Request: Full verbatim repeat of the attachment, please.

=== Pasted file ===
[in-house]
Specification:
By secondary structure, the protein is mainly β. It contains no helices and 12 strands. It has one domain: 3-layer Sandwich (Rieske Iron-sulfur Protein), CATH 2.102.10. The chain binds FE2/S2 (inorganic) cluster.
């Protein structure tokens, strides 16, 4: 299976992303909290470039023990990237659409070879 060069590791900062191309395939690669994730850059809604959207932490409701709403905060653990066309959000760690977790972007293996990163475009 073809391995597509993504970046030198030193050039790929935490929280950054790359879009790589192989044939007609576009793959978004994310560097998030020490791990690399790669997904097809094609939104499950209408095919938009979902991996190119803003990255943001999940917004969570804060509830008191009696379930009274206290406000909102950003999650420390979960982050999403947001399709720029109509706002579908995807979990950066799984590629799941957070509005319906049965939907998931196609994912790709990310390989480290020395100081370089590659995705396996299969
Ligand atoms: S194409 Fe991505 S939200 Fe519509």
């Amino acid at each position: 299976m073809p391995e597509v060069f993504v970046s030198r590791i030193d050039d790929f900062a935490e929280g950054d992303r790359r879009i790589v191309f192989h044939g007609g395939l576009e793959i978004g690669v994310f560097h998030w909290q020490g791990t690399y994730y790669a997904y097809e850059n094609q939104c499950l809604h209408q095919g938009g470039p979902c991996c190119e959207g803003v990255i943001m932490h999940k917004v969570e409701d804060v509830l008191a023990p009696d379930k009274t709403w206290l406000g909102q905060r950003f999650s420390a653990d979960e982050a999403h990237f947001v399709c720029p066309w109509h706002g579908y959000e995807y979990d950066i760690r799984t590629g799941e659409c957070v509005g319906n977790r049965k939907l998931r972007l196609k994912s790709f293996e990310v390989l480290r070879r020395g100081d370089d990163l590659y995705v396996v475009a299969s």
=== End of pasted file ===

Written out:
[in-house]
Specification:
By secondary structure, the protein is mainly β. It contains no helices and 12 strands. It has one domain: 3-layer Sandwich (Rieske Iron-sulfur Protein), CATH 2.102.10. The chain binds FE2/S2 (inorganic) cluster.
């Protein structure tokens, strides 16, 4: 299976992303909290470039023990990237659409070879 060069590791900062191309395939690669994730850059809604959207932490409701709403905060653990066309959000760690977790972007293996990163475009 073809391995597509993504970046030198030193050039790929935490929280950054790359879009790589192989044939007609576009793959978004994310560097998030020490791990690399790669997904097809094609939104499950209408095919938009979902991996190119803003990255943001999940917004969570804060509830008191009696379930009274206290406000909102950003999650420390979960982050999403947001399709720029109509706002579908995807979990950066799984590629799941957070509005319906049965939907998931196609994912790709990310390989480290020395100081370089590659995705396996299969
Ligand atoms: S194409 Fe991505 S939200 Fe519509």
């Amino acid at each position: 299976m073809p391995e597509v060069f993504v970046s030198r590791i030193d050039d790929f900062a935490e929280g950054d992303r790359r879009i790589v191309f192989h044939g007609g395939l576009e793959i978004g690669v994310f560097h998030w909290q020490g791990t690399y994730y790669a997904y097809e850059n094609q939104c499950l809604h209408q095919g938009g470039p979902c991996c190119e959207g803003v990255i943001m932490h999940k917004v969570e409701d804060v509830l008191a023990p009696d379930k009274t709403w206290l406000g909102q905060r950003f999650s420390a653990d979960e982050a999403h990237f947001v399709c720029p066309w109509h706002g579908y959000e995807y979990d950066i760690r799984t590629g799941e659409c957070v509005g319906n977790r049965k939907l998931r972007l196609k994912s790709f293996e990310v390989l480290r070879r020395g100081d370089d990163l590659y995705v396996v475009a299969s």